Making materiality judgments – a practice statement to make perfect, part one

As we discussed previously, the IASB has issued an exposure draft Definition of Material, with comments to be received by January 15, 2018, and (in final form) Practice Statement 2 Making Materiality Judgments.

We’ve already looked at the proposals in the exposure draft. Moving on, the practice statement is non-mandatory guidance developed by the IASB – the introduction specifies that “its application is not required to state compliance with IFRS Standards,” and so it doesn’t have an application date as such. It sets out the following possible approach to the assessment of materiality in preparing the financial statements:

  • Step 1—identify. Identify information that has the potential to be material.
  • Step 2—assess. Assess whether the information identified in Step 1 is, in fact, material.
  • Step 3—organize. Organize the information within the draft financial statements in a way that communicates the information clearly and concisely to primary users.
  • Step 4—review. Review the draft financial statements to determine whether all material information has been identified and materiality considered from a wide perspective and in aggregate, on the basis of the complete set of financial statements.

I won’t go into detail on those steps, or on the document’s discussion of the general characteristics of materiality – rather, I’ll just pick out a few items I found particularly interesting, at least based on my own experience. From a day to day perspective, the most valuable sections of the practice statement may be those which provide ammunition against the relentless triviality of much of what makes its way into the notes, for example:

  • When preparing its financial statements, the entity assesses whether disclosures specified in IAS 16 are material information. Even if PP&E is presented as a separate line item in the statement of financial position, not all disclosures specified in IAS 16 will automatically be required. In the absence of any qualitative considerations, if the amount of contractual commitments for the acquisition of PP&E is not material, the entity is not required to disclose this information.

One rather regrets the timidity of that example though – why for instance couldn’t it have specified that the entire reconciliation of movements in property, plant and equipment might not be material, rather than just one of the related disclosures? Likewise, the document addresses the common notion that every related party transaction is in some sense material, however insignificant the amounts involved, for instance:

  • In the current reporting period, the entity sold an almost fully depreciated vehicle to company DEF. The entity transferred the vehicle for total consideration consistent with its market value and its carrying amount. Company DEF is controlled by a member of the entity’s key management personnel. Hence, company DEF is a related party of the entity… (the entity) concluded that its impact was too small to reasonably be expected to influence primary users’ decisions, even when considered with the fact that the transaction was with a related party.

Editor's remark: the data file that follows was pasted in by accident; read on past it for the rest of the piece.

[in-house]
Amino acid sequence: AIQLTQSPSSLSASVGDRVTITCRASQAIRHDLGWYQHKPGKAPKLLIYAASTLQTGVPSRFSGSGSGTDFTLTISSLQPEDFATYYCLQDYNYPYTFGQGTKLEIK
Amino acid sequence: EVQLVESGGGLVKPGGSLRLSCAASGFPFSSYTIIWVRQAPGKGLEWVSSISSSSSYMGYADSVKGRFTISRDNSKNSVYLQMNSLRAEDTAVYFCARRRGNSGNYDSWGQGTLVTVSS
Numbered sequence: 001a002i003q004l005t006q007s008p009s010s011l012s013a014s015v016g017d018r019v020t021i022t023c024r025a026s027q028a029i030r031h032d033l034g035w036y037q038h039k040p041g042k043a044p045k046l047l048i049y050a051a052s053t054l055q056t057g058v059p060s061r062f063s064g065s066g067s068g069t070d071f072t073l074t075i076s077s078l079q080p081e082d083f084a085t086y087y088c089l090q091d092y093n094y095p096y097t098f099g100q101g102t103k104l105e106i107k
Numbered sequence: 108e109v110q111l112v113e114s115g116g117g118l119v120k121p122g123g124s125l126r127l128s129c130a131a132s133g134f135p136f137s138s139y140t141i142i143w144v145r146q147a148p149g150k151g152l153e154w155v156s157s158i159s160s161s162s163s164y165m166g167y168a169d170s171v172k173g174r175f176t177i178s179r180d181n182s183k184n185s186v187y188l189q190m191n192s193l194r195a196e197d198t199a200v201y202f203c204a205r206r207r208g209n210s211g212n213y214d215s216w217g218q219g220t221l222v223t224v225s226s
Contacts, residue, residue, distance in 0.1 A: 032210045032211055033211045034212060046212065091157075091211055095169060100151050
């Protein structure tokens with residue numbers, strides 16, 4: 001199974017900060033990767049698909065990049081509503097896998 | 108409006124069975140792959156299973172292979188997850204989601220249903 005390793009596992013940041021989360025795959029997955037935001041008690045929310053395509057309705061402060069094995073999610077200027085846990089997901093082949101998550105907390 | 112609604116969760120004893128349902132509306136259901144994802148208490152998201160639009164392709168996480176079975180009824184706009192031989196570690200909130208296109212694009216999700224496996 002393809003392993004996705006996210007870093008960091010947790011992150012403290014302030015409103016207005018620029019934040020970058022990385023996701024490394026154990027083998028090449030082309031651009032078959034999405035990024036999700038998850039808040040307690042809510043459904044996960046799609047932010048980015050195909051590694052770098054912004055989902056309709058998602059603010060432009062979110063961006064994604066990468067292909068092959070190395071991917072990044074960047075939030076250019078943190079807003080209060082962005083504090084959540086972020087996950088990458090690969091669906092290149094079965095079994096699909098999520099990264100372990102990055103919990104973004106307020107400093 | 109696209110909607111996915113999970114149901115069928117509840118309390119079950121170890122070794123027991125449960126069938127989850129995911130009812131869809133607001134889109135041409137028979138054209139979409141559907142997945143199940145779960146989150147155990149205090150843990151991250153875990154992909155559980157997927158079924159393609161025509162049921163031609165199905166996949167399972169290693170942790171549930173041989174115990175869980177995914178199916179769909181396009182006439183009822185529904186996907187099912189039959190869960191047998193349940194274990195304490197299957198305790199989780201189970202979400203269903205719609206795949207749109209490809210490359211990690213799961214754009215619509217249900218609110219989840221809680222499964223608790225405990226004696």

It’s better than nothing, but again, it’s a shame that the IASB chose such a comically unimportant example, compared say to crafting an illustration in which a transaction might be considered immaterial even though the consideration transferred couldn’t be objectively determined as representing market value.  The problem with these two overly tentative illustrations might be that they tend to imply by omission that almost everything else that goes in the notes probably is material.

Another common example of excessive disclosure relates to old information from the comparative period, or from even earlier than that. The practice statement provides the following illustration:

  • An entity disclosed, in the prior-period financial statements, details of a legal dispute which led to the recognition, in that period, of a provision. In accordance with IAS 37 Provisions, Contingent Liabilities and Contingent Assets the entity disclosed in the prior-period financial statements a detailed description of uncertainties about the amount and timing of possible cash outflows, in respect of the dispute, together with the major assumptions made concerning future events. Most of the uncertainties have been resolved in the current period, and, even though the liability has not been settled, a court pronouncement confirmed the amount already recognized in the financial statements by the entity.

In these circumstances, the practice statement says the “entity may not need to reproduce in the current-period financial statements all of the information about the legal dispute provided in the prior-period financial statements… Instead, information about those uncertainties might be summarized and updated.” The broad point, again, goes to predictive value. Some practitioners seem to take the view that if certain disclosure was material to the balance sheet at December 31, 2016, then it must be equally material as at December 31, 2017, when the balance sheet is reported again as a comparative.  But some of that disclosure was only relevant at the time because of the inherent impossibility of knowing what would happen during 2017. If actual knowledge of 2017 now makes the information redundant, then what’s the point of keeping it?

More on the practice statement next time…

The opinions expressed are solely those of the author

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